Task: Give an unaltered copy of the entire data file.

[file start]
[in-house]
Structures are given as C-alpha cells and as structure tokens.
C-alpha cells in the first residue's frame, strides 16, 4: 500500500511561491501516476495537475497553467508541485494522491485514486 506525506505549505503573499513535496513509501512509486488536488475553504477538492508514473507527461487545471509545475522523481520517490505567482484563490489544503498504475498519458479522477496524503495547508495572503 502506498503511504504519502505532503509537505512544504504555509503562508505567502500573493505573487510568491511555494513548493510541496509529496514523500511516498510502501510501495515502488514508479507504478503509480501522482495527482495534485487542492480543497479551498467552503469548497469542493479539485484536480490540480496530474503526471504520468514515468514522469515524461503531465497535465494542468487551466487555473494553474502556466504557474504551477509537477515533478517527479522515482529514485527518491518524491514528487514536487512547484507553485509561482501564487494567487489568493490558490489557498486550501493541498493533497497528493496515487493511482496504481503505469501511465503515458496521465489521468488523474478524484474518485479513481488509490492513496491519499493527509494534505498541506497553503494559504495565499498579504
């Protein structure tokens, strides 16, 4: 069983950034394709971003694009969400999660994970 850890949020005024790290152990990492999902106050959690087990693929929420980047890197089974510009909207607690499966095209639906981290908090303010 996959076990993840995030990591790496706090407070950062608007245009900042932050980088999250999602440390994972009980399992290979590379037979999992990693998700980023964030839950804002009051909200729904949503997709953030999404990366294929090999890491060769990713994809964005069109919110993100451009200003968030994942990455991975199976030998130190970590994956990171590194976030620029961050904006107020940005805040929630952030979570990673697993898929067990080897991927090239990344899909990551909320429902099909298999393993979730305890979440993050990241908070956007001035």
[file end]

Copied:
[in-house]
Structures are given as C-alpha cells and as structure tokens.
C-alpha cells in the first residue's frame, strides 16, 4: 500500500511561491501516476495537475497553467508541485494522491485514486 506525506505549505503573499513535496513509501512509486488536488475553504477538492508514473507527461487545471509545475522523481520517490505567482484563490489544503498504475498519458479522477496524503495547508495572503 502506498503511504504519502505532503509537505512544504504555509503562508505567502500573493505573487510568491511555494513548493510541496509529496514523500511516498510502501510501495515502488514508479507504478503509480501522482495527482495534485487542492480543497479551498467552503469548497469542493479539485484536480490540480496530474503526471504520468514515468514522469515524461503531465497535465494542468487551466487555473494553474502556466504557474504551477509537477515533478517527479522515482529514485527518491518524491514528487514536487512547484507553485509561482501564487494567487489568493490558490489557498486550501493541498493533497497528493496515487493511482496504481503505469501511465503515458496521465489521468488523474478524484474518485479513481488509490492513496491519499493527509494534505498541506497553503494559504495565499498579504
């Protein structure tokens, strides 16, 4: 069983950034394709971003694009969400999660994970 850890949020005024790290152990990492999902106050959690087990693929929420980047890197089974510009909207607690499966095209639906981290908090303010 996959076990993840995030990591790496706090407070950062608007245009900042932050980088999250999602440390994972009980399992290979590379037979999992990693998700980023964030839950804002009051909200729904949503997709953030999404990366294929090999890491060769990713994809964005069109919110993100451009200003968030994942990455991975199976030998130190970590994956990171590194976030620029961050904006107020940005805040929630952030979570990673697993898929067990080897991927090239990344899909990551909320429902099909298999393993979730305890979440993050990241908070956007001035």